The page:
To the University of Wisconsin, Madison Administration,
Jewish on Campus is a nonprofit organization that empowers students in the fight against antisemitism. Our staff is largely comprised of students, which allows us to employ a unique, experience-based approach to combat the stark rise in anti-Jewish bias on college campuses. We write to you to express our immense concern over the antisemitic graffiti that was recently found on campus at UW-Madison. This graffiti singled out a list of Jewish student organizations and alleged they had “blood on their hands” due to their openly Zionist positions. This allegation is absurd and actively puts Jewish students at risk, so we are calling on your administration to take further action to condemn those who partook in this hateful act and protect Jewish students at UW Madison.
In your administration’s statement condemning these chalkings, you wrote that this graffiti “[Targeted] several Jewish student groups [and labeled] them as ‘racist,’ ‘genocidal,’ and ‘having blood on their hands.’” While we appreciate that your administration recognized the hateful and antisemitic nature of these chalkings, we are disappointed by your choice to categorize this hate as protected free speech in the same statement. While there is room for a robust debate surrounding Israel on every college campus, these chalkings went beyond fair criticism by invoking the antisemitic trope of blood libel and targeting Jewish student groups for expressing a fundamental aspect of their identity. This was a prohibited act of bias, and it is essential that UW-Madison treats it as such.
In 2017, UW-Madison took the historic step of adopting the International Holocaust Remembrance Alliance’s (IHRA) Working Definition of Antisemitism. IHRA is an excellent tool to identify antisemitism and differentiate between legitimate criticism of Israel and antisemitism, and we applaud UW-Madison for being an earlier adopter of the working definition. Since this definition specifically categorizes blood libel and denying Jews their right to self-determination in their ancestral homeland as antisemitic acts, both the accusations in the chalkings and the statement from UW-Madison’s chapter of Students for Justice in Palestine (SJP) clearly meet IHRA’s standards for antisemitic behavior.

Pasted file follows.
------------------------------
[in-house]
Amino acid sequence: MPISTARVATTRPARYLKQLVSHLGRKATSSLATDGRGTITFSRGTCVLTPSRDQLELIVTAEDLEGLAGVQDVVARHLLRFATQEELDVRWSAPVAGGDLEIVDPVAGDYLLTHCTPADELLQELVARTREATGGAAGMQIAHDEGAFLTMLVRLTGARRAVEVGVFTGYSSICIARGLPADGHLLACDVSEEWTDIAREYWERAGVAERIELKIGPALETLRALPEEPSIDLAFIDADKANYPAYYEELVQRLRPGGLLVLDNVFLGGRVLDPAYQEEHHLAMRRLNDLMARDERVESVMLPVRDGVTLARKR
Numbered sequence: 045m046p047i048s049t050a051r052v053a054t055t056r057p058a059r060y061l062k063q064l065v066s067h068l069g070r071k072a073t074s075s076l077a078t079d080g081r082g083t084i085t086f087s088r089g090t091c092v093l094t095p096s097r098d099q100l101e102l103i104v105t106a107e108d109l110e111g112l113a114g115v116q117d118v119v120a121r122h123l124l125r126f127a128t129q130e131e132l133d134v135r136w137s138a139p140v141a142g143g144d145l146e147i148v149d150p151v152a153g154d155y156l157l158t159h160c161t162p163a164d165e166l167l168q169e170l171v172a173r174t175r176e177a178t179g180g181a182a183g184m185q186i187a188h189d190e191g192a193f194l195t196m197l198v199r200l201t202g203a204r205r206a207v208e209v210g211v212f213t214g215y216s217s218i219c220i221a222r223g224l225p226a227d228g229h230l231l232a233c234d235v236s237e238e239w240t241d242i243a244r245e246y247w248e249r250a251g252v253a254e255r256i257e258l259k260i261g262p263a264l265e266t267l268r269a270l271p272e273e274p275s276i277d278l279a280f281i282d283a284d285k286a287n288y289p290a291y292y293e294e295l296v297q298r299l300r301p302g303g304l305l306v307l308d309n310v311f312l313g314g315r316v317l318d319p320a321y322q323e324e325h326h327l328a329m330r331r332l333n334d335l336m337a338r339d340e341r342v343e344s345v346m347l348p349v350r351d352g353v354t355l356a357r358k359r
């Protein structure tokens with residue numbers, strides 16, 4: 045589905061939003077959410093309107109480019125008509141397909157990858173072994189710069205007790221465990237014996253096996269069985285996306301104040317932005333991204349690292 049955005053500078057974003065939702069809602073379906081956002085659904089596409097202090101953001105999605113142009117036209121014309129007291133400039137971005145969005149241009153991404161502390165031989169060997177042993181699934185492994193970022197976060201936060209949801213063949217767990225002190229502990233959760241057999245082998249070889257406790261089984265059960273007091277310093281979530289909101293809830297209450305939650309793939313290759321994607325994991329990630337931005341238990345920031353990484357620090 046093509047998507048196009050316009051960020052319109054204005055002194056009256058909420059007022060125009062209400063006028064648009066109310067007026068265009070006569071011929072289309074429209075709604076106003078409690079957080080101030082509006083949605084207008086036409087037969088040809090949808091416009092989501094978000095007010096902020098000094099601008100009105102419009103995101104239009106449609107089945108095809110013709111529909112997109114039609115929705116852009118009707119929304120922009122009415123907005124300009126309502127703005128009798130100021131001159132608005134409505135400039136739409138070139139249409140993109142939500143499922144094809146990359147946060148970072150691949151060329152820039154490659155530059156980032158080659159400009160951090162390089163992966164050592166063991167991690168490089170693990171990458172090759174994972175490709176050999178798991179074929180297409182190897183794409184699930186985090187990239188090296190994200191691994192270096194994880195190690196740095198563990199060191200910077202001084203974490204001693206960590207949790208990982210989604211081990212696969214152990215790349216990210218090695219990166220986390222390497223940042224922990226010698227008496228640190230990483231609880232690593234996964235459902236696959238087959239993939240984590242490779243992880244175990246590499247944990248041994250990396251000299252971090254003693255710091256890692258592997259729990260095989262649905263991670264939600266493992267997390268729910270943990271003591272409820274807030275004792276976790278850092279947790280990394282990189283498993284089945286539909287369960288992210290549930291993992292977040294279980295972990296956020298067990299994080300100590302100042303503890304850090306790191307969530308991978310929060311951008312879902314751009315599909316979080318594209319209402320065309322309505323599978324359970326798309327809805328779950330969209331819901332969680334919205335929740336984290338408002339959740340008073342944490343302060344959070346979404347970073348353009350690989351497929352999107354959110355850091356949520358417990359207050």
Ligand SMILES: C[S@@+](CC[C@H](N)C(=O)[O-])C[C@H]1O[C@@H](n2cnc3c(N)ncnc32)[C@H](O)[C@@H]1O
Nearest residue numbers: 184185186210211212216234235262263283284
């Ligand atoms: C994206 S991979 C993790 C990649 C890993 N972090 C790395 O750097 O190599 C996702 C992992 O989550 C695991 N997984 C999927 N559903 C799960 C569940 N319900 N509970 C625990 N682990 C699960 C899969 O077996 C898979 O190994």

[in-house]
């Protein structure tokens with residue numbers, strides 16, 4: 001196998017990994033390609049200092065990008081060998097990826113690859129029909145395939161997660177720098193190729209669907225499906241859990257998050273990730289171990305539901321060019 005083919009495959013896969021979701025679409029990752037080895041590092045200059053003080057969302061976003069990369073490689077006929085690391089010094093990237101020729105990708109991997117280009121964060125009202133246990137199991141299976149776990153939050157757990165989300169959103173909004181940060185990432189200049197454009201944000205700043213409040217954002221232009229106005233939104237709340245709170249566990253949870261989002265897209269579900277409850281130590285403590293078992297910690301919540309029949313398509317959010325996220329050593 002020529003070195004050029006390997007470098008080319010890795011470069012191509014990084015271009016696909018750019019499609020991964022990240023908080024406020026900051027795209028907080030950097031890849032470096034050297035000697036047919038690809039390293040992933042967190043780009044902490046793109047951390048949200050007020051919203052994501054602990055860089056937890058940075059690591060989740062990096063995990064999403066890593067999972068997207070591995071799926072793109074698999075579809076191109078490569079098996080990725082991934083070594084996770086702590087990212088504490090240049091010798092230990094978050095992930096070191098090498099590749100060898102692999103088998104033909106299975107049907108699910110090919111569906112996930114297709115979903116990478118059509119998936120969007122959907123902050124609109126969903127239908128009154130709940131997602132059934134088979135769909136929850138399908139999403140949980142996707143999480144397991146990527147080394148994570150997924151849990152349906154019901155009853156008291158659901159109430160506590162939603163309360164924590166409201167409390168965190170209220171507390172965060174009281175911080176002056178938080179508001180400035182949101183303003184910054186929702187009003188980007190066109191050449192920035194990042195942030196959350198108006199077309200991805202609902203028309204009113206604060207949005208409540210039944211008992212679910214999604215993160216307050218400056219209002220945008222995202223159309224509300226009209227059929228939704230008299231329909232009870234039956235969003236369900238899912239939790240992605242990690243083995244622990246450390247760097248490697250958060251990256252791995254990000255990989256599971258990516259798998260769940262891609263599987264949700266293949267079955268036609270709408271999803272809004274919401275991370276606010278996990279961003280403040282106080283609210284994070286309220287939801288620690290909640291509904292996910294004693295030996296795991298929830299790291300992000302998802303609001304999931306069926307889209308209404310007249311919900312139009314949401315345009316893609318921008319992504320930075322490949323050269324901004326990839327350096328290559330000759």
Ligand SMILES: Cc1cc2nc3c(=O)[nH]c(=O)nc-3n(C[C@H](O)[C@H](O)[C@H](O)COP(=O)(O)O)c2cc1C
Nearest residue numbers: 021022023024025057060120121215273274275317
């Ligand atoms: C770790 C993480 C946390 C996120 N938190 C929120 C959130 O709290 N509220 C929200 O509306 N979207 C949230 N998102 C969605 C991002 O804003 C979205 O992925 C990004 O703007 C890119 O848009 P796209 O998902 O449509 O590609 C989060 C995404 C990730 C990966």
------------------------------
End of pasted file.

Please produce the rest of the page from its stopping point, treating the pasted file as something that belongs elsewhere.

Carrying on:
While IHRA alone is not legally binding, UW-Madison explicitly lists hateful graffiti, degrading language, harassment, and intimidation as prohibited acts of bias. SJP’s chalkings and ensuing statement contain abundant examples of antisemitic harassment and intimidation, and they warrant a full investigation into those who orchestrated this hateful act as well as proper consequences for those involved. SJP’s actions singled out Jewish student groups, regardless of their views on Israel. They targeted apolitical community spaces for Jewish students as well as groups like J Street U that openly advocate for Palestinian soveirgnty. The only unifying trait between these groups was the ethnic heritage of their members. SJP’s chalkings were not a comment on Zionism or an act of solidarity with Palestine–they were an act to make Jews feel unsafe on their campus.
As a representative for Jewish college students everywhere, Jewish on Campus implores the UW-Madison administration to act to protect Jewish students and prevent future antisemitic incidents. Jewish students deserve a campus environment that is free of antisemitic hate and we are confident that the UW-Madison administration will take action to foster this environment by holding these students accountable for their actions. We are more than happy to discuss how to combat this hatred and protect Jewish students at UW-Madison and we look forward to hearing how your administration is remaining vigilant in the face of campus antisemitism.
We await your response,
Jewish on Campus